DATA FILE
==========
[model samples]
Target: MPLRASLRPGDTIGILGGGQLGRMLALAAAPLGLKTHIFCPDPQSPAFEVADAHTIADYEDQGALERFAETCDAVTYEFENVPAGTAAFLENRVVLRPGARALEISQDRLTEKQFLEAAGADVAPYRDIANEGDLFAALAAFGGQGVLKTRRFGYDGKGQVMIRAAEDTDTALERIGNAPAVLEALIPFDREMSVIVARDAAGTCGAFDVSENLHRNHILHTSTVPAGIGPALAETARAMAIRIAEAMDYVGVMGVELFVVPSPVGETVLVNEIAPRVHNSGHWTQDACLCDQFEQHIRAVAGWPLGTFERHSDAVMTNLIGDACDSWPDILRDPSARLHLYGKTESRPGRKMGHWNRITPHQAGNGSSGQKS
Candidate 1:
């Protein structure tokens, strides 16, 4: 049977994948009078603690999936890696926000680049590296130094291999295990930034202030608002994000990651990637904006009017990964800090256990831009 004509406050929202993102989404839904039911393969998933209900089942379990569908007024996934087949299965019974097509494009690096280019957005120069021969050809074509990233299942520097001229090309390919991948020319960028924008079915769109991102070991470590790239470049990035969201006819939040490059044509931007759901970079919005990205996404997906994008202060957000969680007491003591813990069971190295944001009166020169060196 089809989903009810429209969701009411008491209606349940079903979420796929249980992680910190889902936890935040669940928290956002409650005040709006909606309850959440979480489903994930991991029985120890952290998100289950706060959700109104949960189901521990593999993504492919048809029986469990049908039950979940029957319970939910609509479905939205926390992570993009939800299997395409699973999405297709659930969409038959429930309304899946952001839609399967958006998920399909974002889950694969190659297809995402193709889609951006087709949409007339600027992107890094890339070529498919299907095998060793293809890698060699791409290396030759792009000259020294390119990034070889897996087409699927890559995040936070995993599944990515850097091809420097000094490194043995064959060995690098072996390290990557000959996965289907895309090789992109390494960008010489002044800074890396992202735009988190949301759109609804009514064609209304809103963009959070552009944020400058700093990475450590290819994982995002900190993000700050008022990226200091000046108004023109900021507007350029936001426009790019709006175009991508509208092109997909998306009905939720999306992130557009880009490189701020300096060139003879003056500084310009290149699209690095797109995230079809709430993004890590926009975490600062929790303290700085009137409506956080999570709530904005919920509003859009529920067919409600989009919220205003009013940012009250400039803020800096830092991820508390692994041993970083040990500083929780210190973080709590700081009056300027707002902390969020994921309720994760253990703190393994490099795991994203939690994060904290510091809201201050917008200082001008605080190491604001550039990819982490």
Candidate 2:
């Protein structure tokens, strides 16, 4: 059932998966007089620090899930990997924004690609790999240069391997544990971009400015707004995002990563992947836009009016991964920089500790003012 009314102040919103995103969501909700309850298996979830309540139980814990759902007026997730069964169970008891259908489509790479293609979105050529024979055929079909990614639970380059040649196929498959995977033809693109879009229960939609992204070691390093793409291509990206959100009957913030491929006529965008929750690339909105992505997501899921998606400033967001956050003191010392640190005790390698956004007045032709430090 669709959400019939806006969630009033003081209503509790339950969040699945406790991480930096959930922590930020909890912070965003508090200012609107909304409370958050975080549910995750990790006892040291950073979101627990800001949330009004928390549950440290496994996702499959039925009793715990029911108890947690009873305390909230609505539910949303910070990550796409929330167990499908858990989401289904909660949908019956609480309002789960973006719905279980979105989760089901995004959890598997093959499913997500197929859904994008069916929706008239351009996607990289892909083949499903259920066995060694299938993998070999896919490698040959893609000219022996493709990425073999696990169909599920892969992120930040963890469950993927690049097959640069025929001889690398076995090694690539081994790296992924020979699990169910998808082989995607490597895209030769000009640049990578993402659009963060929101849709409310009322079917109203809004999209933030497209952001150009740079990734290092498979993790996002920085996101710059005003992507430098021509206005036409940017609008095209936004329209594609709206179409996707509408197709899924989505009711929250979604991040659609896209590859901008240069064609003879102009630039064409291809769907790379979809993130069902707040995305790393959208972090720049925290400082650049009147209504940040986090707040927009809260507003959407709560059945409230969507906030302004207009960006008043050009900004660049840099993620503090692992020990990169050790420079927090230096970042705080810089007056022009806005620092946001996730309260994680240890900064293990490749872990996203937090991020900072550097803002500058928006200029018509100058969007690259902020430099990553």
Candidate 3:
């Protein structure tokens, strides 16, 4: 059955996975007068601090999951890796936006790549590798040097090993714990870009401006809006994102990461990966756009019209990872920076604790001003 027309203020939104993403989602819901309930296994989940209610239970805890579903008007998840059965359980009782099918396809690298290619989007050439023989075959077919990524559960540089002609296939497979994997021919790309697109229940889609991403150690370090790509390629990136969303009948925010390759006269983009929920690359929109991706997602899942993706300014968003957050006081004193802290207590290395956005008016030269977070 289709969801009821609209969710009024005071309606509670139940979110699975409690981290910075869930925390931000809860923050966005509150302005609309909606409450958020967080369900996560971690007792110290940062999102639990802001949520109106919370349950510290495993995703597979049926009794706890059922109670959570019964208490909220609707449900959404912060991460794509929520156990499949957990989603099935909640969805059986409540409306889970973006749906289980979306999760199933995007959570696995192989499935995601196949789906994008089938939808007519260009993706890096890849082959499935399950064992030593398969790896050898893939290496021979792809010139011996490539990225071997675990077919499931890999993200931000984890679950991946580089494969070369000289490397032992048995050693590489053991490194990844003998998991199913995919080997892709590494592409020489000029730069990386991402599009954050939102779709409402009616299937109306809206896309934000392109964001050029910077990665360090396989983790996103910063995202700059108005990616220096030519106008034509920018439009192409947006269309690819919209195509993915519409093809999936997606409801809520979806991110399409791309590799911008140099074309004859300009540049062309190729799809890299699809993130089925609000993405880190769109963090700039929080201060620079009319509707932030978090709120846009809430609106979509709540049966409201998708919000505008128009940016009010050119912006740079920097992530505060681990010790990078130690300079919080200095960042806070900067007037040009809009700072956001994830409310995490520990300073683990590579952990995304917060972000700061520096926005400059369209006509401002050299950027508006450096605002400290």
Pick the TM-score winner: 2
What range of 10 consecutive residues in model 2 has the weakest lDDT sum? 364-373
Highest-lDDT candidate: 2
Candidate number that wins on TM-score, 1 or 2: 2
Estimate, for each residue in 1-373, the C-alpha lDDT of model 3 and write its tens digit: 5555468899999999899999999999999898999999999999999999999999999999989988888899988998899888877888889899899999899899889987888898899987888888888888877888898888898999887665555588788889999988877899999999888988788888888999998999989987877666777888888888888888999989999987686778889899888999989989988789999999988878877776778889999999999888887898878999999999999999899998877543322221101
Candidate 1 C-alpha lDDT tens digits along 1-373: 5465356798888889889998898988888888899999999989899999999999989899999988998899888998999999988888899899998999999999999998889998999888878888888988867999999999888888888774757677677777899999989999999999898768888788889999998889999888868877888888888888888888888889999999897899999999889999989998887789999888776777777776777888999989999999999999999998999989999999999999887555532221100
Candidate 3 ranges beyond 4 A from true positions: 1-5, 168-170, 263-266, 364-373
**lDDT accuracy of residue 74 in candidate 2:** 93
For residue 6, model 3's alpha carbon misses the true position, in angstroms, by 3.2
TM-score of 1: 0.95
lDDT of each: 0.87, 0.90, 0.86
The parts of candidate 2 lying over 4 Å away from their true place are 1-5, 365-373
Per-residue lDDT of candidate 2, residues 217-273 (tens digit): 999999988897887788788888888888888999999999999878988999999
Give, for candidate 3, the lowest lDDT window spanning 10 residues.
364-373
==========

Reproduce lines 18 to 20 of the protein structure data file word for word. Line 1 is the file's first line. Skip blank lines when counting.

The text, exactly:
TM-score of 1: 0.95
lDDT of each: 0.87, 0.90, 0.86
The parts of candidate 2 lying over 4 Å away from their true place are 1-5, 365-373